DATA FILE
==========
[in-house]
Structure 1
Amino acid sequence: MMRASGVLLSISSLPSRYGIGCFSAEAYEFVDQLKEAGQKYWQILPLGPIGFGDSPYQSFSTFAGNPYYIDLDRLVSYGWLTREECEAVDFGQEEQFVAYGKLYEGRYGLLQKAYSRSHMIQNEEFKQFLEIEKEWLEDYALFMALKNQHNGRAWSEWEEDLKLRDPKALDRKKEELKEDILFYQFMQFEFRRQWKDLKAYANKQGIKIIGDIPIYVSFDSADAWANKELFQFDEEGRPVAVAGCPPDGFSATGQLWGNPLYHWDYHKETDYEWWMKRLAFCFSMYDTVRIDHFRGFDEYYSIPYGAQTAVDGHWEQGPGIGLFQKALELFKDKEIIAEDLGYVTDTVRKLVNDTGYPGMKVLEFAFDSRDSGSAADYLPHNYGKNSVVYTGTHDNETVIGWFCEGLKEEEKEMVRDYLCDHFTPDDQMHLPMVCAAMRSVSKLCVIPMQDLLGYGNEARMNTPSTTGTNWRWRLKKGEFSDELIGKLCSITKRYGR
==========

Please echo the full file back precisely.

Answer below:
[in-house]
Structure 1
Amino acid sequence: MMRASGVLLSISSLPSRYGIGCFSAEAYEFVDQLKEAGQKYWQILPLGPIGFGDSPYQSFSTFAGNPYYIDLDRLVSYGWLTREECEAVDFGQEEQFVAYGKLYEGRYGLLQKAYSRSHMIQNEEFKQFLEIEKEWLEDYALFMALKNQHNGRAWSEWEEDLKLRDPKALDRKKEELKEDILFYQFMQFEFRRQWKDLKAYANKQGIKIIGDIPIYVSFDSADAWANKELFQFDEEGRPVAVAGCPPDGFSATGQLWGNPLYHWDYHKETDYEWWMKRLAFCFSMYDTVRIDHFRGFDEYYSIPYGAQTAVDGHWEQGPGIGLFQKALELFKDKEIIAEDLGYVTDTVRKLVNDTGYPGMKVLEFAFDSRDSGSAADYLPHNYGKNSVVYTGTHDNETVIGWFCEGLKEEEKEMVRDYLCDHFTPDDQMHLPMVCAAMRSVSKLCVIPMQDLLGYGNEARMNTPSTTGTNWRWRLKKGEFSDELIGKLCSITKRYGR